WIKIPEDIA, JOSHUA FURMANUsing sensors that detect brain activity, people can now move virtual cursors, remote-controlled helicopters, and robotic arms, just by thinking. These brain-computer interfaces (BCIs) do not involve any actual movement on a user’s part, and can even benefit paralyzed or locked-in patients for whom movement is impossible.
But new research from the University of Washington in Seattle suggests that we learn to use BCIs in the same way that we learn other motor skills, like riding a bicycle or throwing a ball. At first, it takes deliberate conscious effort and involves a network of many different brain regions. As people practice, however, the tasks become easier and almost automatic, and the network becomes much less active.
In this study, published today (10 June) in PNAS, volunteers used a BCI to move an on-screen cursor. But lead scientist Jeremiah Wander says the results will be useful in training people to use more complex BCIs, like those that control realistic artificial limbs. “The learning burden on the user is so much greater than it is in the case of a more simple system,” he said. “By developing our understanding of how our brains learn and adapt to BCI use, we will be able to design systems that train users in the most effective way possible, slowly adding complexity while they develop skill.”
Wander worked with seven people who were undergoing surgery to treat severe epilepsy. Using a grid of implanted electrodes, doctors monitored their brain activity for a week to identify the areas in which seizures started.
Wander piggybacked on the procedure, using the signal from just one of the electrodes to control the movements of a cursor as it travelled across a screen. By learning to adjust their brain activity, the volunteers could steer the cursor’s path so it hit one of two targets. The electrode had become an impromptu BCI.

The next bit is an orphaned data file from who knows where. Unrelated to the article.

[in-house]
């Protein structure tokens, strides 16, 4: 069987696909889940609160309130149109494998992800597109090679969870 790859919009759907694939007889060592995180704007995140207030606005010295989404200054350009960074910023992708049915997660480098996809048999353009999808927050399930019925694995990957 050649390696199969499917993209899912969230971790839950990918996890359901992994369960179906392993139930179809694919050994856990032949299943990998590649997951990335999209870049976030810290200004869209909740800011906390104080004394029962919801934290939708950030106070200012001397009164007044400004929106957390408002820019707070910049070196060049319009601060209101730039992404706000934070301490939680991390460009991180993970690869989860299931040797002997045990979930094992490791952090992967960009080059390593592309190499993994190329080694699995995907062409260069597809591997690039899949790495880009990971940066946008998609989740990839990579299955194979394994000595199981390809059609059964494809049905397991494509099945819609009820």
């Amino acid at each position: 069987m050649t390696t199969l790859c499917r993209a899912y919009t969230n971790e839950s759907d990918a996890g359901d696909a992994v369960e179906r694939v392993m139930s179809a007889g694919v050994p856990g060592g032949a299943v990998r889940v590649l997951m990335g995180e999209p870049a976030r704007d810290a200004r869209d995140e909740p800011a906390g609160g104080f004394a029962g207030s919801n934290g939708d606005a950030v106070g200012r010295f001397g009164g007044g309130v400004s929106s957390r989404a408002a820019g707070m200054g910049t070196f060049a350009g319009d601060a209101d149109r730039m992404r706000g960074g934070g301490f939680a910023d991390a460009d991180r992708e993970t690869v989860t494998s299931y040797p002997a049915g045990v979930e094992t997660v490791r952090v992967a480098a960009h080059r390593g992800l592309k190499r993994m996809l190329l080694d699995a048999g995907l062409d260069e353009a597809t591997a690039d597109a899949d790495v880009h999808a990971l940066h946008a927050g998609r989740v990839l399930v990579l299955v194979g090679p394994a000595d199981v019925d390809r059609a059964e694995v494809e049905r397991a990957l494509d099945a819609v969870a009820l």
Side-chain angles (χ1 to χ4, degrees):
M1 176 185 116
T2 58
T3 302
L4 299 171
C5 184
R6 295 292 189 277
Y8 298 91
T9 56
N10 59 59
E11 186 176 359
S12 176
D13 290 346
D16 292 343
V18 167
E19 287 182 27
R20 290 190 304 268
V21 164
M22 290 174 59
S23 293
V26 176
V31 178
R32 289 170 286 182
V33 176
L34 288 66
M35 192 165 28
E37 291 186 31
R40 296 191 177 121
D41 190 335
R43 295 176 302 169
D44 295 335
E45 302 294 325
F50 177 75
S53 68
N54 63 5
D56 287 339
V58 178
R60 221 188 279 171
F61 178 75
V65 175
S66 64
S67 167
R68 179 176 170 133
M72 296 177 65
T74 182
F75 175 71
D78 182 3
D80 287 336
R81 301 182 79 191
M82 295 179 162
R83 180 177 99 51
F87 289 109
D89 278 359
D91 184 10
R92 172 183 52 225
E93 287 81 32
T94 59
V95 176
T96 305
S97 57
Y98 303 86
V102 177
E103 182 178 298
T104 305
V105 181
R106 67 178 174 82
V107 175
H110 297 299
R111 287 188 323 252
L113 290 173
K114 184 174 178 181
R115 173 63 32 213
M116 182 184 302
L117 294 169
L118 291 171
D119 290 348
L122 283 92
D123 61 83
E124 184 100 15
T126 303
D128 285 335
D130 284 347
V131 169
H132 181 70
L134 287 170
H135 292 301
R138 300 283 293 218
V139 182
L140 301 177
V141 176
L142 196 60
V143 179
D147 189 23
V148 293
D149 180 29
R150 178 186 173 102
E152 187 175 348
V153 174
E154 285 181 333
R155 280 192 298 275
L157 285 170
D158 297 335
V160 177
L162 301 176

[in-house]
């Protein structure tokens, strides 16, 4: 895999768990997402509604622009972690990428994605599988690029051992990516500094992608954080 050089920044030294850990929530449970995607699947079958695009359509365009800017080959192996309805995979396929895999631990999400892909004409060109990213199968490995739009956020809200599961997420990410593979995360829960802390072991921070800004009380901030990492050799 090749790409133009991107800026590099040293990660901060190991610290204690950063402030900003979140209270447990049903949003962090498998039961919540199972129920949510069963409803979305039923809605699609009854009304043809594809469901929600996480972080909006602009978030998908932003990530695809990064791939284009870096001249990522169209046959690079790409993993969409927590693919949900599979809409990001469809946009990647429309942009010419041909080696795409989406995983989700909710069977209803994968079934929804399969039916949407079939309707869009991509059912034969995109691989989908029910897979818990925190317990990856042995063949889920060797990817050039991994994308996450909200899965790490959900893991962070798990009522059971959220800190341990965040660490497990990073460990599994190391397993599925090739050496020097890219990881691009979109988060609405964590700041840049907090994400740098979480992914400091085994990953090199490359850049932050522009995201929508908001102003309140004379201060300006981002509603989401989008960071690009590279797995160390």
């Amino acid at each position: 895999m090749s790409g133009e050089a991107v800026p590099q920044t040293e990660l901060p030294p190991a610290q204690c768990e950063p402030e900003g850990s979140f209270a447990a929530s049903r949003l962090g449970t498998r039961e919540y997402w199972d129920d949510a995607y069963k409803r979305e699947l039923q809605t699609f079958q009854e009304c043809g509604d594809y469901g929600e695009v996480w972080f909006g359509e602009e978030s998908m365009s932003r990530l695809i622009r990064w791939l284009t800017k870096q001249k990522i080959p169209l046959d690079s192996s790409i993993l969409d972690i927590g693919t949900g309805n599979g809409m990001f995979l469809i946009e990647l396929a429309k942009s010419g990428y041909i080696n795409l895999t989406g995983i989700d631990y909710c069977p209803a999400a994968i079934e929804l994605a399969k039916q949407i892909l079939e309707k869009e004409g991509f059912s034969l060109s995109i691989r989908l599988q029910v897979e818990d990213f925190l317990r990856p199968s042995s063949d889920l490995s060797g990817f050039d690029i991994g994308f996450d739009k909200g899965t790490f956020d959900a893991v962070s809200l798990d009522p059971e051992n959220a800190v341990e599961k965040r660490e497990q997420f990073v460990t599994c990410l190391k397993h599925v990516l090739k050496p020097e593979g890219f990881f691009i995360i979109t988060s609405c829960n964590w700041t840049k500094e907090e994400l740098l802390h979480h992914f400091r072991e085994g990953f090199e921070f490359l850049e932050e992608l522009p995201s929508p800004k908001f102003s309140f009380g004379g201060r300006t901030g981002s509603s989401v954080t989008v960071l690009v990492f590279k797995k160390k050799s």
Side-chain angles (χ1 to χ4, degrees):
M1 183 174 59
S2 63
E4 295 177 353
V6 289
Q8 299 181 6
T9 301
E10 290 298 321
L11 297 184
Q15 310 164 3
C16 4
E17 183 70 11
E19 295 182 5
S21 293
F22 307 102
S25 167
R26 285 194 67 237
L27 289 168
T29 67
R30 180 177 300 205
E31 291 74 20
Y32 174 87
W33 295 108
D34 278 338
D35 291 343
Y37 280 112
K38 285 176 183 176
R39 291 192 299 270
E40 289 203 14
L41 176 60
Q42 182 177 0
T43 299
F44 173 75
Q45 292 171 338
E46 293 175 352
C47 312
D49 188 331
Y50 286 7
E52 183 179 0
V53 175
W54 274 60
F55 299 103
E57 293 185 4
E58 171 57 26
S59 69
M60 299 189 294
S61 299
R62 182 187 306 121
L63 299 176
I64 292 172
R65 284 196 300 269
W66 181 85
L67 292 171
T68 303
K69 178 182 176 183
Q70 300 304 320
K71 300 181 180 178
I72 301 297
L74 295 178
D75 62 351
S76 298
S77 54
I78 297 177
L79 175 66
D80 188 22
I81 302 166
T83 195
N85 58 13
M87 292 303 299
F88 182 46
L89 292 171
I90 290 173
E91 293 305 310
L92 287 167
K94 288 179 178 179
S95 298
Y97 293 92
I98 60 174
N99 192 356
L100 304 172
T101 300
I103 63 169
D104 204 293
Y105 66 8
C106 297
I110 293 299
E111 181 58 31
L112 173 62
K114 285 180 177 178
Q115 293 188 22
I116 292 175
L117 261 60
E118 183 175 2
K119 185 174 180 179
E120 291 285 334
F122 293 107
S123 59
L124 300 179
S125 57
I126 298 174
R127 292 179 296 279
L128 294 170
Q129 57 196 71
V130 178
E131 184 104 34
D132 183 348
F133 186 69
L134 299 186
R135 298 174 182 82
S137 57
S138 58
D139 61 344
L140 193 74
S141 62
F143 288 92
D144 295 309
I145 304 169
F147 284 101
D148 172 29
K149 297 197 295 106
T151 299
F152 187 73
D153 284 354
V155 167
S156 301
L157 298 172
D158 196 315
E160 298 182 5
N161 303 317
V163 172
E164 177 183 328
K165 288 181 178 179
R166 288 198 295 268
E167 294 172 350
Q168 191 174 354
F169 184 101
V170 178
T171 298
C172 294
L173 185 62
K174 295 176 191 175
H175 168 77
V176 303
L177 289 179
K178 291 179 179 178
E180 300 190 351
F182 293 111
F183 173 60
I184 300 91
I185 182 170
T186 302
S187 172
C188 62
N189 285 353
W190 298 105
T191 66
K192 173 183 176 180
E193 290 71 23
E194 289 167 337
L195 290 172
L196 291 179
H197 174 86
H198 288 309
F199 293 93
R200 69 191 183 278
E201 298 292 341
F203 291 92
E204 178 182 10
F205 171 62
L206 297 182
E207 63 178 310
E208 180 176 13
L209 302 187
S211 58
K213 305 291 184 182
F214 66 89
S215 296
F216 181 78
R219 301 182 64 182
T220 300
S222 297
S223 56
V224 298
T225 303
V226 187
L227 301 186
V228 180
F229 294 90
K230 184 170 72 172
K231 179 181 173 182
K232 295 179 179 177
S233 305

Meanwhile, the other electrodes registered increases in neural activity across many different parts of the brain involved in planning and executing movements. These included the primary motor cortex, primary somatosensory cortex, dorsolateral prefrontal cortex, and premotor cortex.
“This work is very exciting,” said Jose Carmena from the University of California, Berkeley, who was not involved in the study. “It shows that, as in motor skill learning, the process of BCI skill learning recruits a widely distributed network of brain areas not directly connected to the BCI.”
This is also surprising since using a BCI is both very similar and very different to other motor skills, like learning how to type. BCIs involve controlling the movement of objects, but without any movement of the user’s own limbs. They involve feedback from the eyes, but not the other senses or body parts. And they involve actions—directly modifying brain activity—that most people have never tried before.
As the volunteers became better at using the BCI, and their efforts became automatic rather than deliberate, the activity in this broad network quickly decreased. “This shows a somewhat binary transition from a novice to an expert state,” said Wander.
Wander thinks that neuroscientists could use similar changes in brain activity to assess how comfortable BCI users are with the technology. “Such signals will become especially important as we move BCI devices out of the tightly controlled lab environment and in to the field, where the way they are being used may change on a day-to-day basis,” he said.
However, John Kalaska from the University of Montreal notes that Wander’s BCI detected a specific brain wave, produced through the rhythmic firing of many different neurons around the main electrode. By contrast, many BCIs control devices use the activity of single neurons, a system that more closely mirrors the way that the brain uses neuronal signals to produce movements. If people use this breed of BCI, it remains to be seen if they would also show the same broad changes in brain activity.
J. D. Wander et al., “Distributed cortical adaptation during learning of a brain–computer interface task,” PNAS, doi:10.1073/pnas.1221127110, 2013.